Photo Gallery: Great Yarmouth Relay for Life 2011

It was a memorable and emotional day afternoon as hundreds of people turned out to a 20-hour relay event in Caister today to help raise thousands of pounds for Cancer Research UK.

Inspired stall holders, organisers, teams and local residents came to show their support for the fourth annual Great Yarmouth Relay for Life, as well as honour cancer survivors and celebrate life.

Forth time participant Tonie Ewles, 16, attends Caister High School were the event is taking place and said she is always happy to help.

'It's just lovely,' she said. 'It's like I am able to give something back after everything I have been through.'

Miss Ewles, who was diagnosed with soft-tissue cancer rhabdomyosarcoma at just 22-months-old, was joined by her family who had put on a raffle to help raise funds.


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Mum, Terry Kemp said: 'I'm extremely proud of her and she is very mature. She only had a 30pc chance to live and we are very grateful she is here.'

Miss Ewles took part in the survivors lap, which traditionally starts proceedings.

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Also walking the survivors lap was Julie Hanks, 54, from Gorleston.

She was diagnosed with ovarian cancer in 2006, just six months after the death of her sister, Joanne, who died from the same disease aged 42.

She said: 'Events like this are so important. For one thing, it raises awareness, and also it's fundraising and we want to find a cure.'

Mrs Hanks is also a member of the organising committee for Relay for Life and also helps other ovarian cancer sufferers by running a support group for those with the disease.

A member of that support group, who also took part in today's event, is Beverley Sharman, 53, from Lowestoft.

She was diagnosed with ovarian cancer and deep vein thrombosis a year ago next month.

She said: 'I had a hysterectomy and they also discovered I had cancer in my uterus. I then had further surgery to remove my cervix.

'The support of my local ovarian cancer support group and everyone around me, including my husband Paul, my daughter Katy and my four-and-a-half-month-old grandson harry, is why I am here today. It's very emotional but I feel privileged to have walked the survivors lap and to be here with all the other wonderful people who have survived cancer and I know together we will beat this thing.'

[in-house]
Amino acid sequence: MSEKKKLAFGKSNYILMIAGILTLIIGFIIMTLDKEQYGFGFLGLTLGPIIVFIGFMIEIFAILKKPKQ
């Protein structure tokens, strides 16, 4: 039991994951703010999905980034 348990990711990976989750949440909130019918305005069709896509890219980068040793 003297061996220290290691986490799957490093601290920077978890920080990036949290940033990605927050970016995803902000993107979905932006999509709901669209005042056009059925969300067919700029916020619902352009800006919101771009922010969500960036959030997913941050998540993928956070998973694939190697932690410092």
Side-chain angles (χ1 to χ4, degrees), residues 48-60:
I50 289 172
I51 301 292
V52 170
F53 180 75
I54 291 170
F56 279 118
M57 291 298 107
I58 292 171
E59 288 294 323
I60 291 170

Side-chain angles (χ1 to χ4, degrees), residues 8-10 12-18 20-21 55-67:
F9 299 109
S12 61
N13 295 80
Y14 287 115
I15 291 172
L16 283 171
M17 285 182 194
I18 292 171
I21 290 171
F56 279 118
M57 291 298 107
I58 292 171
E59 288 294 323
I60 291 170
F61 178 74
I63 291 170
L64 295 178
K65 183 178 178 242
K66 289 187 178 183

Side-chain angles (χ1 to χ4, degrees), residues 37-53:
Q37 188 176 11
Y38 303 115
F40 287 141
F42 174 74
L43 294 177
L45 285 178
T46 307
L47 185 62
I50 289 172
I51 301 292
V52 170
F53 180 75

This year's event also includes a team from Nottingham participating in memory of one of the member's child, who died of cancer, while the Great Yarmouth Road Runners are also running for the whole 20 hours of the event with one member Steve Etherington, walking nonstop for the duration in memory of relatives lost to cancer.

The relay started at 2pm today and will see people walking around the track till 10am tomorrow morning.

At 9.30pm a very special Candle of Hope Ceremony will take place which will see relay participants gather to pay tribute to friends, family and loved ones by placing Candles of Hope around the track.

The ceremony gives everyone a special opportunity to remember those who have been lost to cancer and to celebrate the lives of those who have survived the disease.

There will be live entertainment and music throughout the day until 10.30pm tonight.

Today's event will bring in much needed money to help with the prevention, diagnosis and treatment of cancer and since it began in 2008, a mammoth �100,000 has been raised for Cancer Research UK.

Chairman of the event, Jayne King, added: 'It really is great fun but, with the knowledge that we are all really making a difference.'

Organisers are hoping to raise a total of �44,000.

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